Shark nets action call for Noosa to hit local roads
BAN the shark net campaigners hit Noosa on Wednesday as road warriors towing a giant billboard to raised awareness of the thousands of by-catch caught in a system they say does not protect people.
The billboard is touring the Sunshine Coast until July 26 displaying an image of a turtle trapped in a net and reads: 'Deadly shark nets have caught 2898 animals along the Sunshine Coast. Say 'No' to the nets'.
Action for Dolphins advocate Jordan Sosnowski said the Coast by-catch includes 130 dolphins, 26 critically endangered grey nurse sharks, and 12 humpback whales.
"These animals died slow, agonising deaths - gasping for their very last breath,” she said.
"People on the Sunshine Coast care deeply about the ocean, and its inhabitants.
"People are horrified to learn so many innocent animals are dying in such a cruel and horrific way, just under the surface along this beautiful stretch of coast.”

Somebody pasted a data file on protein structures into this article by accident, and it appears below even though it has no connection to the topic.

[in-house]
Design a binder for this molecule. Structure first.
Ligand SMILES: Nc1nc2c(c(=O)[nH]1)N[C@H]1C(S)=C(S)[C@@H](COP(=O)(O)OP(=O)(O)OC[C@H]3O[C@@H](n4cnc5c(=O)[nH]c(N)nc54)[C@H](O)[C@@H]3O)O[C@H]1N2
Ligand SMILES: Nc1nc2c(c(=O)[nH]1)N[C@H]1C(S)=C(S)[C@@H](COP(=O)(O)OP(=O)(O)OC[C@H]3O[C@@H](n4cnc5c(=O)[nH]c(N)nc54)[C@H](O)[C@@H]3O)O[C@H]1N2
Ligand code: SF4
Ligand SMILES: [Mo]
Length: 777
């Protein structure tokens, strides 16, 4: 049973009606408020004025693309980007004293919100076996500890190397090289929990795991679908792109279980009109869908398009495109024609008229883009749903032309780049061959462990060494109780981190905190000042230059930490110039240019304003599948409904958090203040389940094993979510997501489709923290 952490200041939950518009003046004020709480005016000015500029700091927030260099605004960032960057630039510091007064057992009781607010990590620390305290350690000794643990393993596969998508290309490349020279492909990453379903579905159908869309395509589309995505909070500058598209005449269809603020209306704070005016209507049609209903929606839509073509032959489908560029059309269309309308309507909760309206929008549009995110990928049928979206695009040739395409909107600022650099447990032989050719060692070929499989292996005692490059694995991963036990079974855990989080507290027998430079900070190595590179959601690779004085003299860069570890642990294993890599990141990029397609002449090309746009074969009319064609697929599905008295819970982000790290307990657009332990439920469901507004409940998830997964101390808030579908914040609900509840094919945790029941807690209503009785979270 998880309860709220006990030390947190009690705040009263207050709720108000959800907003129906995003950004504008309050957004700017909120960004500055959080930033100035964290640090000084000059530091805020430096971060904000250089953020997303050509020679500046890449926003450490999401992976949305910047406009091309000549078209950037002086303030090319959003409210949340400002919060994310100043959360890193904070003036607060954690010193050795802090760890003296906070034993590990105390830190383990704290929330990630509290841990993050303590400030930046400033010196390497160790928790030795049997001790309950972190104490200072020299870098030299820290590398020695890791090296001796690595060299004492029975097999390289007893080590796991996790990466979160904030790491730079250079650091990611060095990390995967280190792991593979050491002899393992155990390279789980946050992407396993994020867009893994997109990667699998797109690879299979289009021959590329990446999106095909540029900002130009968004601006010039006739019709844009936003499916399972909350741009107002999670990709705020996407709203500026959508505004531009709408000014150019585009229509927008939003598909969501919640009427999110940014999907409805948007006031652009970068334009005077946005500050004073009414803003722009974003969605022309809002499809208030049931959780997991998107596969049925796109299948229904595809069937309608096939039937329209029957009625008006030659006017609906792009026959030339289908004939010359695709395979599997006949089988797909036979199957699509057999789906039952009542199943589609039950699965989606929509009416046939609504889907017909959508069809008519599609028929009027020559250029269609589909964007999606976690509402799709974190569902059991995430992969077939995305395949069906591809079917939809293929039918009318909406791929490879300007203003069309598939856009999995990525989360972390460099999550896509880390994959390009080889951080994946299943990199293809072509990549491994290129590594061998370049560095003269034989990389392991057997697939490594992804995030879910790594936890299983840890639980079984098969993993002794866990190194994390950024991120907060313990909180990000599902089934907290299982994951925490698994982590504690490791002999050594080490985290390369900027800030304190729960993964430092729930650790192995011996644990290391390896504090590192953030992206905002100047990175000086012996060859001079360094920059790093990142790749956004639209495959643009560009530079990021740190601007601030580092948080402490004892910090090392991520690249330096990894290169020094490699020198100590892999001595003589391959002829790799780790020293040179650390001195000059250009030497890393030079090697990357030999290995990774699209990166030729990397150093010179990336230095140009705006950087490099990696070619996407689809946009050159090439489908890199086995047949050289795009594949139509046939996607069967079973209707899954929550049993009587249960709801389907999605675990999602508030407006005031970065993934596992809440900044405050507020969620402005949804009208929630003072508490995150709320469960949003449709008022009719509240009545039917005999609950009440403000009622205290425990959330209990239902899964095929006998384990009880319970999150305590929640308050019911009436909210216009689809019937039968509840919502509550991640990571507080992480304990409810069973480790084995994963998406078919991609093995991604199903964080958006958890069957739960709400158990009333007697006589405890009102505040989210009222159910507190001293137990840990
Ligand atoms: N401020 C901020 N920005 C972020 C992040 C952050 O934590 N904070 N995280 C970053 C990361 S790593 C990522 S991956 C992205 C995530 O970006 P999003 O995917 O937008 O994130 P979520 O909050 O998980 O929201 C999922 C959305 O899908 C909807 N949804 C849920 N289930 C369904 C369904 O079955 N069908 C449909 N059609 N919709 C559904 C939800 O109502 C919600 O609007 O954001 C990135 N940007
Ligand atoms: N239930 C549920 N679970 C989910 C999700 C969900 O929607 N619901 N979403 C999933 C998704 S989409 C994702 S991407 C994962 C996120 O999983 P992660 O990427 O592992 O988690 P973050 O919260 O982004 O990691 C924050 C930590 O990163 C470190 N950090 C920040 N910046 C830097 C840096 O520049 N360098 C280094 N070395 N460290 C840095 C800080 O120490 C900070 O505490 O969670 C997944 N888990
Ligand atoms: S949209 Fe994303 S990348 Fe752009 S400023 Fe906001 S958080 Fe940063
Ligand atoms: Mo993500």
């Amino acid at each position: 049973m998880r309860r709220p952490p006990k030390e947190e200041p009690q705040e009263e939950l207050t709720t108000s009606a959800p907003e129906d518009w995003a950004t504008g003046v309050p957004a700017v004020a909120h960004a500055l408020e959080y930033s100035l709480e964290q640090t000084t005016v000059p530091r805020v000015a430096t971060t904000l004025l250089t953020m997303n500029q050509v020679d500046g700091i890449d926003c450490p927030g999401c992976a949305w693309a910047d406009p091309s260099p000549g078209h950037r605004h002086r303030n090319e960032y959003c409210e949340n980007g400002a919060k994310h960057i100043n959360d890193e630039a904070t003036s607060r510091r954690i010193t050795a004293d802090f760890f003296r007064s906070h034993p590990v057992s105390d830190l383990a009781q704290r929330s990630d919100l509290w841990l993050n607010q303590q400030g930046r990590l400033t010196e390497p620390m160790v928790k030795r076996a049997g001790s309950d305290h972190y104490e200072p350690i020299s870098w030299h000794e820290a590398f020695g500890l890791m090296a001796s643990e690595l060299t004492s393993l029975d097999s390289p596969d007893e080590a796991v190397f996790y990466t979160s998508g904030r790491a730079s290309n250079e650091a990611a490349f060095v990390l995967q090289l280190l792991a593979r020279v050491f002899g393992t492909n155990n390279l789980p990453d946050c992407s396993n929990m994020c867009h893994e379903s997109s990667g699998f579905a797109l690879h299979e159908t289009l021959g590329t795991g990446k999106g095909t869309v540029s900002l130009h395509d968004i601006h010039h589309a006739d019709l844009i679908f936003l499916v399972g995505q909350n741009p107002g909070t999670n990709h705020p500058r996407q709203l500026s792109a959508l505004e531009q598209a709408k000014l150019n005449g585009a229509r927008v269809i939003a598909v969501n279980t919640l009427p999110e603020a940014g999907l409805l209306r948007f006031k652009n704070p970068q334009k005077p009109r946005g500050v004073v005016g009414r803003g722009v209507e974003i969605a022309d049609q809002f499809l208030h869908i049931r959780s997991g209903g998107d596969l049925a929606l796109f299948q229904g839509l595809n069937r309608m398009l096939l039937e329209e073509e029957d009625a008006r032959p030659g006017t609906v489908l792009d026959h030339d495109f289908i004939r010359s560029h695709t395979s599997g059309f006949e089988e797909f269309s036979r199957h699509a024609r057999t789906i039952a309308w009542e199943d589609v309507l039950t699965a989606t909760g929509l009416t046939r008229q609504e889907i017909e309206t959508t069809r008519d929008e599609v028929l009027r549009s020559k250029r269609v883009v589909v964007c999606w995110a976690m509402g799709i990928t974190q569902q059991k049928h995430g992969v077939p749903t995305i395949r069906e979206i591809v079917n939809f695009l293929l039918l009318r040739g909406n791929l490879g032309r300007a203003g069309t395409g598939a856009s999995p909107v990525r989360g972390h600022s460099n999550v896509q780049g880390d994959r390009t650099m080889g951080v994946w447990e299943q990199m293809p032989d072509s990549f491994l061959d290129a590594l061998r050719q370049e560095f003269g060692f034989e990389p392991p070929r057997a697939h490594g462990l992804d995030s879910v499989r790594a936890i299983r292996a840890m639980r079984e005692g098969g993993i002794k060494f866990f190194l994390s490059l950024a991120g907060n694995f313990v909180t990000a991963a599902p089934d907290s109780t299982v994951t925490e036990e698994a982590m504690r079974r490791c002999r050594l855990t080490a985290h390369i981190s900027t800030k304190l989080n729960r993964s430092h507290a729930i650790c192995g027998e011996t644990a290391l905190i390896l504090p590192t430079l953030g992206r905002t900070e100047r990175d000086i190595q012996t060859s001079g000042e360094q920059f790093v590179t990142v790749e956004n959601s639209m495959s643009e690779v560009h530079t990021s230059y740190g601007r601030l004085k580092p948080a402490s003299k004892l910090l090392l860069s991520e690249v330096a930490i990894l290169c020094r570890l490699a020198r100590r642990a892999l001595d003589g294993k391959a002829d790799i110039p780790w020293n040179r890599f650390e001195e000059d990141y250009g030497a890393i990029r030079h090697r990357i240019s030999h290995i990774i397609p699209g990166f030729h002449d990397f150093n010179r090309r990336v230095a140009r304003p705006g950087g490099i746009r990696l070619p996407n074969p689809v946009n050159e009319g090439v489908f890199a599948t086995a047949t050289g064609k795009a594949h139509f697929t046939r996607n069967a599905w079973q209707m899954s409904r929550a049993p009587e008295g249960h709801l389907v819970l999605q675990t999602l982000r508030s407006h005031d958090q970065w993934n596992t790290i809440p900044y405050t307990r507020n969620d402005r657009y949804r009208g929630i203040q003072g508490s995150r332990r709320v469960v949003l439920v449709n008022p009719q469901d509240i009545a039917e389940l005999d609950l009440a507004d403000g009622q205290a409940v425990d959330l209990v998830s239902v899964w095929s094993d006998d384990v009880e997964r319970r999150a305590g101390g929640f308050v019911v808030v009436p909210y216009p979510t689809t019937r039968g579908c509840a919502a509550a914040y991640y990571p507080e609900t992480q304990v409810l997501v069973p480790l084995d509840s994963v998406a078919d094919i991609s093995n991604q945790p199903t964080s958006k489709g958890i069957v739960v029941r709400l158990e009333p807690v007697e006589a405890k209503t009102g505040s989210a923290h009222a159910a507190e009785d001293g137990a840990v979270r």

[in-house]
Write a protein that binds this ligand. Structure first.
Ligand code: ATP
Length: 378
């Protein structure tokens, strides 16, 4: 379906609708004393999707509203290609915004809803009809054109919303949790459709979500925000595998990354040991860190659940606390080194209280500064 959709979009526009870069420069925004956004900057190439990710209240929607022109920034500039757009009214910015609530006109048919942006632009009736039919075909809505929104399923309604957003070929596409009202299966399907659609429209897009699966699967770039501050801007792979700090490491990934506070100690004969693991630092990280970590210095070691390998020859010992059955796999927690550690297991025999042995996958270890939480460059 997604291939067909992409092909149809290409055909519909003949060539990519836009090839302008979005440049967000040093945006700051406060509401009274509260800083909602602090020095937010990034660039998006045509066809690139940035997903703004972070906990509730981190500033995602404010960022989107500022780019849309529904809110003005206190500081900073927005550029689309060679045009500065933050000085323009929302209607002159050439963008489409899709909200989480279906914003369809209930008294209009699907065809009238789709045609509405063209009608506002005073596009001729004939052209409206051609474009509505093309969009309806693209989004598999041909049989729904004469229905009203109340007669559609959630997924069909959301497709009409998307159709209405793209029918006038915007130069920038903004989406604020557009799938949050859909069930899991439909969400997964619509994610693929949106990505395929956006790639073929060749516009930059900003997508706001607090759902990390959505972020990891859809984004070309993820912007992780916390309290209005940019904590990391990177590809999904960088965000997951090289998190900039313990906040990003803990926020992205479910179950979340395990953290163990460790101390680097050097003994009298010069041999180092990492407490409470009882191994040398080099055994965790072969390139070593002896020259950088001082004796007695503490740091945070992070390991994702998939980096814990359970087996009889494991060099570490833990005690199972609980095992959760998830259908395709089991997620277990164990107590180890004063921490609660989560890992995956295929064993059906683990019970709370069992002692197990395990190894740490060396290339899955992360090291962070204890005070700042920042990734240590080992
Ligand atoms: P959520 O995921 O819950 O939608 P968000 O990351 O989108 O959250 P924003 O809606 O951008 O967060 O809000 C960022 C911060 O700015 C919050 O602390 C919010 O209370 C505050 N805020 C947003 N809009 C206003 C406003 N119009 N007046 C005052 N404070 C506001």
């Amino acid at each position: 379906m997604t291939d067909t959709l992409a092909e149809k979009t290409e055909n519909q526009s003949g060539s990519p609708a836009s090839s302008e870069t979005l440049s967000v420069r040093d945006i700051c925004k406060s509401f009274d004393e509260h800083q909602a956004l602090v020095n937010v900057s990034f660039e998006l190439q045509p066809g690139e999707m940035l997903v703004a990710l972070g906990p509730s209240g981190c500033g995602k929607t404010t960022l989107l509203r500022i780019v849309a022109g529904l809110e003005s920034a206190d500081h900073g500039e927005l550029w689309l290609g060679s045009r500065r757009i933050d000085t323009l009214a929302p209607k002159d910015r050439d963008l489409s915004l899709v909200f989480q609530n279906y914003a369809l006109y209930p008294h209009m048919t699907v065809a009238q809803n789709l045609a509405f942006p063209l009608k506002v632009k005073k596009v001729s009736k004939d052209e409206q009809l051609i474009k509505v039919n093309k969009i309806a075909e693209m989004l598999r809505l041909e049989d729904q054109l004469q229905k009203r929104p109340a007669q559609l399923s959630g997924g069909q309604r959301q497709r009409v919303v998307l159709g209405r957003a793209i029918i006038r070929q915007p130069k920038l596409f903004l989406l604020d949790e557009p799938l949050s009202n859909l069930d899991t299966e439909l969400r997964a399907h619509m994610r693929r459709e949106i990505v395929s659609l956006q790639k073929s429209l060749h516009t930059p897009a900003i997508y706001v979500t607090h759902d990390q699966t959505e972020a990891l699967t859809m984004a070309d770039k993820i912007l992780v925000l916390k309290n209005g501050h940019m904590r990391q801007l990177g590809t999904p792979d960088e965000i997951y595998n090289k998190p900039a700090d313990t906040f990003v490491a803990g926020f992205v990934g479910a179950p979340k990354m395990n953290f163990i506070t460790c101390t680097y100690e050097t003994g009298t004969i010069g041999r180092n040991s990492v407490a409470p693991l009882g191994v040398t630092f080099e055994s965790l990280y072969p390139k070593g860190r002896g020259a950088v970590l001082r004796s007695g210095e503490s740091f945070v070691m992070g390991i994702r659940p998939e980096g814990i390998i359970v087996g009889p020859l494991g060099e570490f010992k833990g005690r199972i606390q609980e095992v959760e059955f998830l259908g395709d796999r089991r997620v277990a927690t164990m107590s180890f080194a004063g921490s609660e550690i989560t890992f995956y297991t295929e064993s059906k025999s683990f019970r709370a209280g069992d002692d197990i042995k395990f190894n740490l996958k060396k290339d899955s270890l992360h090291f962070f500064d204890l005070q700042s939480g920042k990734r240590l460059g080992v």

Ms Sosnowski said the anti-shark nets campaign first launched in Noosa was "going really well so far” and the campaigners were due to speak with Mayor Tony Wellington.
"We're meeting with a few more councillors today and we're meeting with (Noosa MP) Sandy Bolton tomorrow,” she said.
"We're chatting to them about trialling some non lethal alternatives to shark nets and drum lines.
"The (State) Government has announced that they're going to invest $4 million over the next four years in trialling non-lethal alternatives in Queensland. Having said that it's still a shame that they're still investing $13 million in the same old technology,” she said.
Ms Sosnowski is keen for Noosa to be one of the first to trial the new technology.
"The science is there that the nets and the drum lines don't work to keep swimmers safe, so we want to get those alternatives happening.”
Ms Sosnowski said more and more people were telling them that the marine life slaughter is unacceptable.
"That's what we're hearing and that's what it will take Noosa to be one of the first towns (involved).
Ms Sosnowski said the billboard was a good method "to get the word out there”.
"It's really good to get that awareness out there so people understand the damage they're doing to the marine ecosystem.”
She said a Senate inquiry found the use of shark nets and drum lines cannot guarantee public safety in the water.